Mexican asparagus, young coconuts from Thailand, stiffly frilled kale and fuschia-stemmed chard grown in Winters or Watsonville, edible purple pansies babied in a backyard in Oakland: Do you ever think about how they get to the shelves of Mollie Stone’s, onto your $11 salad in the Marina, or your $18 pizza in the Mission?
The answer is down on this chilly, pre-dawn corner of Jerrold Avenue, where the moon, fat and round as a pomelo, is sinking behind the hodgepodge cluster of warehouses, coolers, and trucking bays that make up the San Francisco Wholesale Produce Market, stretched over old streetcar tracks, crisscrossing worn brick-lined streets in one of the city’s last rumbling, remaining districts of light industry.
While you were sleeping or dancing, drinking or downloading, buyers from Bi-Rite, Canyon Market, Good Life, Berkeley Bowl, Rainbow Grocery and hundreds of corner groceries and fresh produce stores all around the city spent the night's darkest hours in close communion with the food you’ll be eating today, judging and bargaining to get the best stuff at the cheapest price.
It’s a working market that’s been part of the city’s fabric since the early 1960s, when the old downtown produce market was razed to make room for what’s now the Embarcadero complex. Working with the city, the vendors and merchants built a new market near where Bernal Heights flattened out past Bayshore, north of Silver Terrace not far from Bayview. Stretched over 20 acres, it provides over 650 jobs, fills more than 300,000 square feet of warehouse space and moves millions of dollars of food from growers to distributors to buyers annually.
And yet, few San Franciscans know of it. In its full swing at 2 or 3 in the morning, busy as a trading floor, the market exists to move product, this colorful money stacked up in the shape of snow peas and eggplants, radishes and apples. The daunting maze of trucks and loading bays is no place for sleepy civilians: Stand still for a moment, anywhere, and you’re bound to be in several someones’ way as they barrel past you, pushing a hand cart or maneuvering a forklift stacked high with boxes, filled with oversized red peppers from Mexico, big and shiny as shoes, or bristling bunches of parsley, dozens to a case.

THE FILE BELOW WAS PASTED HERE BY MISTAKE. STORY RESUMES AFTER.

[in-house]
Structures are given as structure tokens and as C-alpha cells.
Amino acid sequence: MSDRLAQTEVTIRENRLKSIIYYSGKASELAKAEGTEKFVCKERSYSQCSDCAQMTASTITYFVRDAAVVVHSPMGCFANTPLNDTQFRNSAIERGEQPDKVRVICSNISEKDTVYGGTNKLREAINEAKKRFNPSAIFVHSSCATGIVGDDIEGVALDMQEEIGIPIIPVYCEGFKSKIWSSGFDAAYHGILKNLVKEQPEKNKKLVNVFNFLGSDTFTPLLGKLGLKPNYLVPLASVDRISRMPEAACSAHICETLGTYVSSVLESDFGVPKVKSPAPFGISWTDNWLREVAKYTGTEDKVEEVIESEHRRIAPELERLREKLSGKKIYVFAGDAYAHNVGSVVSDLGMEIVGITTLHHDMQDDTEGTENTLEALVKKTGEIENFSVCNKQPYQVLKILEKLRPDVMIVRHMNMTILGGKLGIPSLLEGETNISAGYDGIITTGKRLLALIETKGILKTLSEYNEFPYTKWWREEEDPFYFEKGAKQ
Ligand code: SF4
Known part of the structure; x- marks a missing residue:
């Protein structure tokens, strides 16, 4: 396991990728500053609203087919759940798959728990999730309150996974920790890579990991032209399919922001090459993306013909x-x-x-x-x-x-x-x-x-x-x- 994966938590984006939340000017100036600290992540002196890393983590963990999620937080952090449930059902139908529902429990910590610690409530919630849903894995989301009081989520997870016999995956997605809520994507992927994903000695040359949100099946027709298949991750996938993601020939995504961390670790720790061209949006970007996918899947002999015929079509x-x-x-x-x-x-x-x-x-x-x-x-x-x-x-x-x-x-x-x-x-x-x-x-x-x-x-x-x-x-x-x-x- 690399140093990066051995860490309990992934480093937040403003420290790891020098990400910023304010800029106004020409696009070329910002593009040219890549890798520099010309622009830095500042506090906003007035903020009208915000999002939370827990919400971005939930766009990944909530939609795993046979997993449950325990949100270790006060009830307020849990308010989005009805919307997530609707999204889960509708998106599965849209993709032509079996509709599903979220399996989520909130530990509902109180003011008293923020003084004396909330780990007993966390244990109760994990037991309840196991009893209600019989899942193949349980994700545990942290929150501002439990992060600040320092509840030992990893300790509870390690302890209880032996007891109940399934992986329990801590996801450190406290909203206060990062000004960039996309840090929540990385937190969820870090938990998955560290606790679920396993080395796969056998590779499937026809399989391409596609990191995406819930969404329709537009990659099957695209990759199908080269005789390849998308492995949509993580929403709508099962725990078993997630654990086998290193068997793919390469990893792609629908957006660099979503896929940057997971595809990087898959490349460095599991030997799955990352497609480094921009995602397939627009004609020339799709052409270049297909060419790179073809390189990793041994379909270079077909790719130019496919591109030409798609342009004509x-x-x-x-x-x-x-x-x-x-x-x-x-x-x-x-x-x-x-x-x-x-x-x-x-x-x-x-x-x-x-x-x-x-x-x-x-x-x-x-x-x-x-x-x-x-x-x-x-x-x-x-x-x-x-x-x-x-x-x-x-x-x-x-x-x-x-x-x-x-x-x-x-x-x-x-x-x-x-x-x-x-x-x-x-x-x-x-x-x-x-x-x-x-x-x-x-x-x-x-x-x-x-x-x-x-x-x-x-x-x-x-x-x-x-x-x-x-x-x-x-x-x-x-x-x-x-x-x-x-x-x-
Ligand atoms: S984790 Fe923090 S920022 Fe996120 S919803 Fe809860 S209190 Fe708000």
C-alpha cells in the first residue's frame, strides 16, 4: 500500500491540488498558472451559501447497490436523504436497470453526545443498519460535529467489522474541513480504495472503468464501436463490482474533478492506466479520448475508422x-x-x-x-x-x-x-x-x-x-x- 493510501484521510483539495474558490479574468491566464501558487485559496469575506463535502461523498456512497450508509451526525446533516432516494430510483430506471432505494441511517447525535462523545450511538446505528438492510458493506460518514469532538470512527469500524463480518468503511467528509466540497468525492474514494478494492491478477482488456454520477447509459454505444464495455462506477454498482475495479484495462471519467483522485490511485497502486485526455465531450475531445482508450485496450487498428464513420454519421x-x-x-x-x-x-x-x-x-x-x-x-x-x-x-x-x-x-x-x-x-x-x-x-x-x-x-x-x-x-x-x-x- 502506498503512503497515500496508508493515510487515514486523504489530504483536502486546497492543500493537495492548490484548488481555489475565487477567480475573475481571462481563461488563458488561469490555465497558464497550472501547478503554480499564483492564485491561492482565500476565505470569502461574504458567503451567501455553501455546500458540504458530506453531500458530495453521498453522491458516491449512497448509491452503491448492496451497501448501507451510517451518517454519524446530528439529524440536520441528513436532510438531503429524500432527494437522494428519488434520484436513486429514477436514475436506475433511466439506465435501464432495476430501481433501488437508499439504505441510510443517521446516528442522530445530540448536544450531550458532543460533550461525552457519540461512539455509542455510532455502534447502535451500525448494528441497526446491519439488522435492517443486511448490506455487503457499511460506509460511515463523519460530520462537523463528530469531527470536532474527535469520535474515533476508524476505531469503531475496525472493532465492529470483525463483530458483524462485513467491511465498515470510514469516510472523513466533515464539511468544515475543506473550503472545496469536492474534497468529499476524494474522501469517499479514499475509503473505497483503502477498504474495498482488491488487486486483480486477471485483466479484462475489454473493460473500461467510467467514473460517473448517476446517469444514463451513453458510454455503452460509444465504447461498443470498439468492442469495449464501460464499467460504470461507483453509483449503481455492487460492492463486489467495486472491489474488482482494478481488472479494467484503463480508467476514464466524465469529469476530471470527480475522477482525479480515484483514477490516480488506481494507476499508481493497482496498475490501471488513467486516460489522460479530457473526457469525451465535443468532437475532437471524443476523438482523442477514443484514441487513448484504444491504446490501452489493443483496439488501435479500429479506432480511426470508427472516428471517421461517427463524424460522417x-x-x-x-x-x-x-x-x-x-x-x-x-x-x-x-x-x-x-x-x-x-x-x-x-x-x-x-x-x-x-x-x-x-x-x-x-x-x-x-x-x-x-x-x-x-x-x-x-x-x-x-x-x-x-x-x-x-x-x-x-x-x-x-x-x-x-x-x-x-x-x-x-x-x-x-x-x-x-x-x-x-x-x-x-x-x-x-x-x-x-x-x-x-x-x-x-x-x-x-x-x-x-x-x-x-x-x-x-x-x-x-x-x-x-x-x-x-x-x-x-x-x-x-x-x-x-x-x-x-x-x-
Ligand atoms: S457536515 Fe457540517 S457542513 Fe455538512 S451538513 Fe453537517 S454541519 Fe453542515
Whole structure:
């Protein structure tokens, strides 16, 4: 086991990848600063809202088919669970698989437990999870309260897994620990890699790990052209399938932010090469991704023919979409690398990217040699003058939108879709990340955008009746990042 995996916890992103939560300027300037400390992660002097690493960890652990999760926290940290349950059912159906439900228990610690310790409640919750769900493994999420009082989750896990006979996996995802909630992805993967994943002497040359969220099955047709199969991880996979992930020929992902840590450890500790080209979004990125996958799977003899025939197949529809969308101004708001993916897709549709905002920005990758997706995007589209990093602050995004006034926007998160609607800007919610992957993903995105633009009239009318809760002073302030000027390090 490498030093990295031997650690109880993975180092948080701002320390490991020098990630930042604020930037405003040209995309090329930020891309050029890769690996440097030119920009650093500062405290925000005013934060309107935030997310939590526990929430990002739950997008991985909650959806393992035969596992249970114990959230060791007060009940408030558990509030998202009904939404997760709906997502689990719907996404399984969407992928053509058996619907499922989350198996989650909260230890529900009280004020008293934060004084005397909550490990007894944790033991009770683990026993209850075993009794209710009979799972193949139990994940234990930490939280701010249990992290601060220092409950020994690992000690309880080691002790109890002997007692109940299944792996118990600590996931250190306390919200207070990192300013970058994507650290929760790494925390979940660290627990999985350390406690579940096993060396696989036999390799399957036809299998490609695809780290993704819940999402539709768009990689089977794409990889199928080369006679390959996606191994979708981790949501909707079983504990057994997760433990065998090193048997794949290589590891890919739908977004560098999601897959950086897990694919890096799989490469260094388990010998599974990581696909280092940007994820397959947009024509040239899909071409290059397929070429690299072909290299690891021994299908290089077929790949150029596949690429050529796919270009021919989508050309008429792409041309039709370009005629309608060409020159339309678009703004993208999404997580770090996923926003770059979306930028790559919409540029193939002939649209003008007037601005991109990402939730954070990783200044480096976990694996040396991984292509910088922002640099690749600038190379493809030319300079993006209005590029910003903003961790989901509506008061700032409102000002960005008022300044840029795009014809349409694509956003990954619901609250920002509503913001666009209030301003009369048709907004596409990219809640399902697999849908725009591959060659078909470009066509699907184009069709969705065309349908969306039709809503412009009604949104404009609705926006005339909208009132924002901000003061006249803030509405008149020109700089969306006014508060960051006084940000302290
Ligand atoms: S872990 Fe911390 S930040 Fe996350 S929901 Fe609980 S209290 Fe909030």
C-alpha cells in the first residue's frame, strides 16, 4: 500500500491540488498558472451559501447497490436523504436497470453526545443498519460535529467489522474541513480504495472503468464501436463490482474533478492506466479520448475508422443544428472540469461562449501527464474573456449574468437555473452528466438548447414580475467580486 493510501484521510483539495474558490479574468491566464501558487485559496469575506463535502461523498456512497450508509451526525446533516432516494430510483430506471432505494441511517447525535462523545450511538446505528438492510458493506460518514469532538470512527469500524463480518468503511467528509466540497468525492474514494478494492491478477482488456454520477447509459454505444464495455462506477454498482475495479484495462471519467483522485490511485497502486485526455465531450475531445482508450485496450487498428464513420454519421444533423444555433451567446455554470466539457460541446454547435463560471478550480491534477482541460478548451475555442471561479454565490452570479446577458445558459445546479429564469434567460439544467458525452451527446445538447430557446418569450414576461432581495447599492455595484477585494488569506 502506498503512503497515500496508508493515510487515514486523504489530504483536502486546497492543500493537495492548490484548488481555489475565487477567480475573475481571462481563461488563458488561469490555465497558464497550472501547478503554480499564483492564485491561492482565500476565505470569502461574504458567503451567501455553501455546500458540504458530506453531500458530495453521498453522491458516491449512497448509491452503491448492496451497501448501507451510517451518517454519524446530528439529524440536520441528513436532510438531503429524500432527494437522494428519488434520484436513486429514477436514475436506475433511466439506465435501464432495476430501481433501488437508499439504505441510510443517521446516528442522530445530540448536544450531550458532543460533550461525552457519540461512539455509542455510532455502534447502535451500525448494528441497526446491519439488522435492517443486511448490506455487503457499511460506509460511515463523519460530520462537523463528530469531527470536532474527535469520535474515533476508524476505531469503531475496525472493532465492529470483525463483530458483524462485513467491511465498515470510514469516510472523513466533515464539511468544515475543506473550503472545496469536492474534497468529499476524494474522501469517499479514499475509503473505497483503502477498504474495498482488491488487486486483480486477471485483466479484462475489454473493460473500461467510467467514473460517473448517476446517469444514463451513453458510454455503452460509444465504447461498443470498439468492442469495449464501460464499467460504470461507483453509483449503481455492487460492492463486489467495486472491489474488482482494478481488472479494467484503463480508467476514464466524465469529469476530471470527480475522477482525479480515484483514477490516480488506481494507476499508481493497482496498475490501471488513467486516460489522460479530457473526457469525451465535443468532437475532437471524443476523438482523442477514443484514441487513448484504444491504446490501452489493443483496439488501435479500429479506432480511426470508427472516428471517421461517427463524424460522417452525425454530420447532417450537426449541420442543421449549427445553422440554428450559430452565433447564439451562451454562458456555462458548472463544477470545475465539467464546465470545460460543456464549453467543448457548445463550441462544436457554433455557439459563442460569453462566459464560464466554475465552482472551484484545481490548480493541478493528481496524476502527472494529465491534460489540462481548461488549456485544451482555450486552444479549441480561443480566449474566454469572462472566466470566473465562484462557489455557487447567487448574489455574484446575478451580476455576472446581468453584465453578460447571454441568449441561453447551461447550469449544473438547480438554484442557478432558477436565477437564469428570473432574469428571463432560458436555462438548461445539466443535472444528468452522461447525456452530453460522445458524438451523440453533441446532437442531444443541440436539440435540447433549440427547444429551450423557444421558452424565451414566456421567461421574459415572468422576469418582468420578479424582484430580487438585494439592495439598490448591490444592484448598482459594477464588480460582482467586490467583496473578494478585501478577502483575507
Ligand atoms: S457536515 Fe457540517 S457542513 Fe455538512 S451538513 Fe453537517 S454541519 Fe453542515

If you have to be there, stay close to the sides of general manager Michael Janis and his colleague, business development representative Eddie Kapper. Genial, dedicated, fast-moving men, they slide through the market as if strolling through their offices, greeting workers by name, shaking hands with buyers. The market is made up of more than two dozen independent businesses, each with its own specialty, many still family run. There’s Washington Vegetable, carrying a full line of vegetables but specializing in greens. Earl’s Organic Produce, in business since the 1970s, sells only organic produce from its spacious new warehouse, where the coolers are adjusted to the optimal needs of the produce: one cold and moist, another cold and dry. (Bananas long for one climate, Meyer lemons another.) Whole Foods has its own huge warehouse here, which it has since outgrown; it’s moving to a new, dedicated distribution facility in Richmond soon. Some businesses, like Yuet Cheong Produce, focus on the Asian market, others in Latino products.
Skirt around an impromptu wall of limes in ten-pound boxes, then hustle past a levee of net sacks, fifty-pounders of red and yellow onions, hundredweights of potatoes destined for French-fry cutters from the Excelsior to the Richmond. At Cook’s Company and Greenleaf, the boxes are smaller, the products—edible flowers, exotic mushrooms—daintier. The clientele here are chefs, caterers, and artisans, who buy in smaller quantities and are notoriously picky about quality and consistency.